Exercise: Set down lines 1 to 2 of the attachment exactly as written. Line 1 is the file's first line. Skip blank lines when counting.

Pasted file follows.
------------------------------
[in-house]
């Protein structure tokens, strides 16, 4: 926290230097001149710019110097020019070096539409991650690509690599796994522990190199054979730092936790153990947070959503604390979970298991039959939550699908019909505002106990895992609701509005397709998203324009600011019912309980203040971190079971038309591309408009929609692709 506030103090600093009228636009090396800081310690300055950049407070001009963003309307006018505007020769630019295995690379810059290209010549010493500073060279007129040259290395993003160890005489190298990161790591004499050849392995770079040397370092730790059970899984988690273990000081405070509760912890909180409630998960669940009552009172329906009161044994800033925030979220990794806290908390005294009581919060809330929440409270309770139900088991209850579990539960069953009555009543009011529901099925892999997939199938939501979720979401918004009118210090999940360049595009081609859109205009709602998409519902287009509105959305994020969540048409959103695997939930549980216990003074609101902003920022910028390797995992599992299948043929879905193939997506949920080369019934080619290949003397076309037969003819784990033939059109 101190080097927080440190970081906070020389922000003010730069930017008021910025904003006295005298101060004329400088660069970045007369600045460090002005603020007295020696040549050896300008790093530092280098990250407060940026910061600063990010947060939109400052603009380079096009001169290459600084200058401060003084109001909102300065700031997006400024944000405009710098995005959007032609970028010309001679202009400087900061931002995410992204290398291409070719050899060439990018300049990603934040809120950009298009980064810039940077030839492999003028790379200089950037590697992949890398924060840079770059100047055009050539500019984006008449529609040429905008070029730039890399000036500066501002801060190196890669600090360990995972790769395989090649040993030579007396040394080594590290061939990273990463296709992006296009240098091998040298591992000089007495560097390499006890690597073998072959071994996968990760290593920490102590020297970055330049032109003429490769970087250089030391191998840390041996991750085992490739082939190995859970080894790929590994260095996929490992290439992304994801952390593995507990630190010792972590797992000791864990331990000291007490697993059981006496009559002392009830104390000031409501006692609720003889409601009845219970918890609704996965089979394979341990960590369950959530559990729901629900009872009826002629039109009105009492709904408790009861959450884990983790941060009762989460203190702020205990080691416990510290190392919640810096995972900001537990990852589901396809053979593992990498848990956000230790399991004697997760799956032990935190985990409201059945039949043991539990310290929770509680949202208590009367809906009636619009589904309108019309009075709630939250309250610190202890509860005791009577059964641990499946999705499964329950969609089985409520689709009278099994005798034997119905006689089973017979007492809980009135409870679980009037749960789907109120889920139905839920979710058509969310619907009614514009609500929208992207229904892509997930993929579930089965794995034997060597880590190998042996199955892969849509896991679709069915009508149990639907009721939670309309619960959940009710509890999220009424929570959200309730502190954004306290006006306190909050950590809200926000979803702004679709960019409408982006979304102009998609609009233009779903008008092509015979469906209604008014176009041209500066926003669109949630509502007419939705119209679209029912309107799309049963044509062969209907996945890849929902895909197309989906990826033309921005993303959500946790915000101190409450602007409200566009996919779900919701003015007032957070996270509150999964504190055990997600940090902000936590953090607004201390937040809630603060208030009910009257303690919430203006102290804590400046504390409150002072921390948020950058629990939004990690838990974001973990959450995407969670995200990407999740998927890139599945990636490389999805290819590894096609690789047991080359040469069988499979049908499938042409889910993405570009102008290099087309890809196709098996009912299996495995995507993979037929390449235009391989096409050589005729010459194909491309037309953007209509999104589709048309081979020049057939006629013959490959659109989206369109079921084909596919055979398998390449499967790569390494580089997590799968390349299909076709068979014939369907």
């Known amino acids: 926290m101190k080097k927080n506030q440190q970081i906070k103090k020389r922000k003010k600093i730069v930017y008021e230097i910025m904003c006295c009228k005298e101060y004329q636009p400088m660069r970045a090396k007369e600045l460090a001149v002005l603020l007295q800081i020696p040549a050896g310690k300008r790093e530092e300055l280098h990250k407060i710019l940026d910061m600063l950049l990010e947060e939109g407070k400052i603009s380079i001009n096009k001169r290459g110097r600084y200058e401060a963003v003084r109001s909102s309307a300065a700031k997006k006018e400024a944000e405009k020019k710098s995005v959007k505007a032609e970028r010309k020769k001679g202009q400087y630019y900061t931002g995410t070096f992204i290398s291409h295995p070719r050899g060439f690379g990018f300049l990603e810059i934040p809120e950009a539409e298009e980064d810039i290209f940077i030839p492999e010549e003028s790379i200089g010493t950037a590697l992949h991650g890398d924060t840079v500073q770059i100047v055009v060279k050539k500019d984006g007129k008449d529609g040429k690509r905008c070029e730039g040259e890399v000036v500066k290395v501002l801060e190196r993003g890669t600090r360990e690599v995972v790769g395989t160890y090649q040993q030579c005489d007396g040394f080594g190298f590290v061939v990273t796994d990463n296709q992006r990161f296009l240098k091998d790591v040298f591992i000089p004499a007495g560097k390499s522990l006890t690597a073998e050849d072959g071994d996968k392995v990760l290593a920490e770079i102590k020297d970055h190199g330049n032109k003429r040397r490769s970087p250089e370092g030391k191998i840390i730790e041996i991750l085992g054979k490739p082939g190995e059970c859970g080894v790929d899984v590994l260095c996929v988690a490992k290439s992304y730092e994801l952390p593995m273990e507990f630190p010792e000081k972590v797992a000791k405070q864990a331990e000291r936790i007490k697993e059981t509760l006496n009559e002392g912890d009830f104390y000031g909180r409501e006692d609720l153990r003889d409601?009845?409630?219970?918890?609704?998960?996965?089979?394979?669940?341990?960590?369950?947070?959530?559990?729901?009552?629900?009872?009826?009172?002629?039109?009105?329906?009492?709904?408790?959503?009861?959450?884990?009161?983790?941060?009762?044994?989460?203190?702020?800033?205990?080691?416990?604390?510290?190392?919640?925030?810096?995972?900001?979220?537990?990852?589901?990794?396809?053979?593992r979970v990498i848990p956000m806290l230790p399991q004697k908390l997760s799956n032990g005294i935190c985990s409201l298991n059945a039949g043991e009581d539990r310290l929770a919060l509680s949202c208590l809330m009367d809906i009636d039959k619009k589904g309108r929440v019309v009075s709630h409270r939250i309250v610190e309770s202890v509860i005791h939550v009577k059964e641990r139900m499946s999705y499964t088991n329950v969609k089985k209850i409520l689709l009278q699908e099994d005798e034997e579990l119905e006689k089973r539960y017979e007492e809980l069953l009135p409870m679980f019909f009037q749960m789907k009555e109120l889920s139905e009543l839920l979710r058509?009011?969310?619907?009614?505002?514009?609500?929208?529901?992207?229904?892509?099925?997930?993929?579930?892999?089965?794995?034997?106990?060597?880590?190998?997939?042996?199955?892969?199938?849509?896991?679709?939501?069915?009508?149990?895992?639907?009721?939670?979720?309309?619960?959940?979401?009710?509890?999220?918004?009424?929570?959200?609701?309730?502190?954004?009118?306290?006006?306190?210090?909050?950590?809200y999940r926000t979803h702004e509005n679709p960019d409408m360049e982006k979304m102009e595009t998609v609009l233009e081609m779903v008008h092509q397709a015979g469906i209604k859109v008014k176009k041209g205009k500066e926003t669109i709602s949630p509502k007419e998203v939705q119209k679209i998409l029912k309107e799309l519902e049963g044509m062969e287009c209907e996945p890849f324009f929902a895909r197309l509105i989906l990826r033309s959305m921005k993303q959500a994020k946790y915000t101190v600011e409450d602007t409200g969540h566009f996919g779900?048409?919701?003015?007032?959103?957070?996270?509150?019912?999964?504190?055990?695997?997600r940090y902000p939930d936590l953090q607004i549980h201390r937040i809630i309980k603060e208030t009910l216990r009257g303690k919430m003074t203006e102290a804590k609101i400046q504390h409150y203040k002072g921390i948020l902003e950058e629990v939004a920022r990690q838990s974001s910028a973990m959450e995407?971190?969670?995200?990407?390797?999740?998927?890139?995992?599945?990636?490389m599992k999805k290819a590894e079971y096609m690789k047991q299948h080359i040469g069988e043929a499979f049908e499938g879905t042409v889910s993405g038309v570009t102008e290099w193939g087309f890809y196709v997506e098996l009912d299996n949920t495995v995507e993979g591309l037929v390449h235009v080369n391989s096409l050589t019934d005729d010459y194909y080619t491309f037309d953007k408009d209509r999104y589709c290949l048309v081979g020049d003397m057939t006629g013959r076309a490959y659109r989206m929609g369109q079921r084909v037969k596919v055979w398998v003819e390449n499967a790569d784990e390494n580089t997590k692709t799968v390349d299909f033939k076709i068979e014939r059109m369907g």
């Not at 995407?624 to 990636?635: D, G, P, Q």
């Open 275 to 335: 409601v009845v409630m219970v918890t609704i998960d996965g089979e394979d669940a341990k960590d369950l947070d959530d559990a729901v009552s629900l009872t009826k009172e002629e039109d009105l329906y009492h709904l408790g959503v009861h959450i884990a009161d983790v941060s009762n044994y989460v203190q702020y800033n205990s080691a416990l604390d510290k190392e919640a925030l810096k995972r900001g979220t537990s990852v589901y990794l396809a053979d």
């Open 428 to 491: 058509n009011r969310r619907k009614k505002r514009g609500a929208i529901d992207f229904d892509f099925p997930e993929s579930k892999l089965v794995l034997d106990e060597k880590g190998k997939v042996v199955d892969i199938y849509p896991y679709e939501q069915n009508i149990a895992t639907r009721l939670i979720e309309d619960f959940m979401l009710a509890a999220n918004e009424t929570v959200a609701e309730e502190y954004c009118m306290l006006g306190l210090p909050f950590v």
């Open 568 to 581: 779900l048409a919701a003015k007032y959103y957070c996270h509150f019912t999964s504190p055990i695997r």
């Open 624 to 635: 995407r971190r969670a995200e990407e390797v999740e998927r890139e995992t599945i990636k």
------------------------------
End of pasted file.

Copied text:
[in-house]
């Protein structure tokens, strides 16, 4: 926290230097001149710019110097020019070096539409991650690509690599796994522990190199054979730092936790153990947070959503604390979970298991039959939550699908019909505002106990895992609701509005397709998203324009600011019912309980203040971190079971038309591309408009929609692709 506030103090600093009228636009090396800081310690300055950049407070001009963003309307006018505007020769630019295995690379810059290209010549010493500073060279007129040259290395993003160890005489190298990161790591004499050849392995770079040397370092730790059970899984988690273990000081405070509760912890909180409630998960669940009552009172329906009161044994800033925030979220990794806290908390005294009581919060809330929440409270309770139900088991209850579990539960069953009555009543009011529901099925892999997939199938939501979720979401918004009118210090999940360049595009081609859109205009709602998409519902287009509105959305994020969540048409959103695997939930549980216990003074609101902003920022910028390797995992599992299948043929879905193939997506949920080369019934080619290949003397076309037969003819784990033939059109 101190080097927080440190970081906070020389922000003010730069930017008021910025904003006295005298101060004329400088660069970045007369600045460090002005603020007295020696040549050896300008790093530092280098990250407060940026910061600063990010947060939109400052603009380079096009001169290459600084200058401060003084109001909102300065700031997006400024944000405009710098995005959007032609970028010309001679202009400087900061931002995410992204290398291409070719050899060439990018300049990603934040809120950009298009980064810039940077030839492999003028790379200089950037590697992949890398924060840079770059100047055009050539500019984006008449529609040429905008070029730039890399000036500066501002801060190196890669600090360990995972790769395989090649040993030579007396040394080594590290061939990273990463296709992006296009240098091998040298591992000089007495560097390499006890690597073998072959071994996968990760290593920490102590020297970055330049032109003429490769970087250089030391191998840390041996991750085992490739082939190995859970080894790929590994260095996929490992290439992304994801952390593995507990630190010792972590797992000791864990331990000291007490697993059981006496009559002392009830104390000031409501006692609720003889409601009845219970918890609704996965089979394979341990960590369950959530559990729901629900009872009826002629039109009105009492709904408790009861959450884990983790941060009762989460203190702020205990080691416990510290190392919640810096995972900001537990990852589901396809053979593992990498848990956000230790399991004697997760799956032990935190985990409201059945039949043991539990310290929770509680949202208590009367809906009636619009589904309108019309009075709630939250309250610190202890509860005791009577059964641990499946999705499964329950969609089985409520689709009278099994005798034997119905006689089973017979007492809980009135409870679980009037749960789907109120889920139905839920979710058509969310619907009614514009609500929208992207229904892509997930993929579930089965794995034997060597880590190998042996199955892969849509896991679709069915009508149990639907009721939670309309619960959940009710509890999220009424929570959200309730502190954004306290006006306190909050950590809200926000979803702004679709960019409408982006979304102009998609609009233009779903008008092509015979469906209604008014176009041209500066926003669109949630509502007419939705119209679209029912309107799309049963044509062969209907996945890849929902895909197309989906990826033309921005993303959500946790915000101190409450602007409200566009996919779900919701003015007032957070996270509150999964504190055990997600940090902000936590953090607004201390937040809630603060208030009910009257303690919430203006102290804590400046504390409150002072921390948020950058629990939004990690838990974001973990959450995407969670995200990407999740998927890139599945990636490389999805290819590894096609690789047991080359040469069988499979049908499938042409889910993405570009102008290099087309890809196709098996009912299996495995995507993979037929390449235009391989096409050589005729010459194909491309037309953007209509999104589709048309081979020049057939006629013959490959659109989206369109079921084909596919055979398998390449499967790569390494580089997590799968390349299909076709068979014939369907």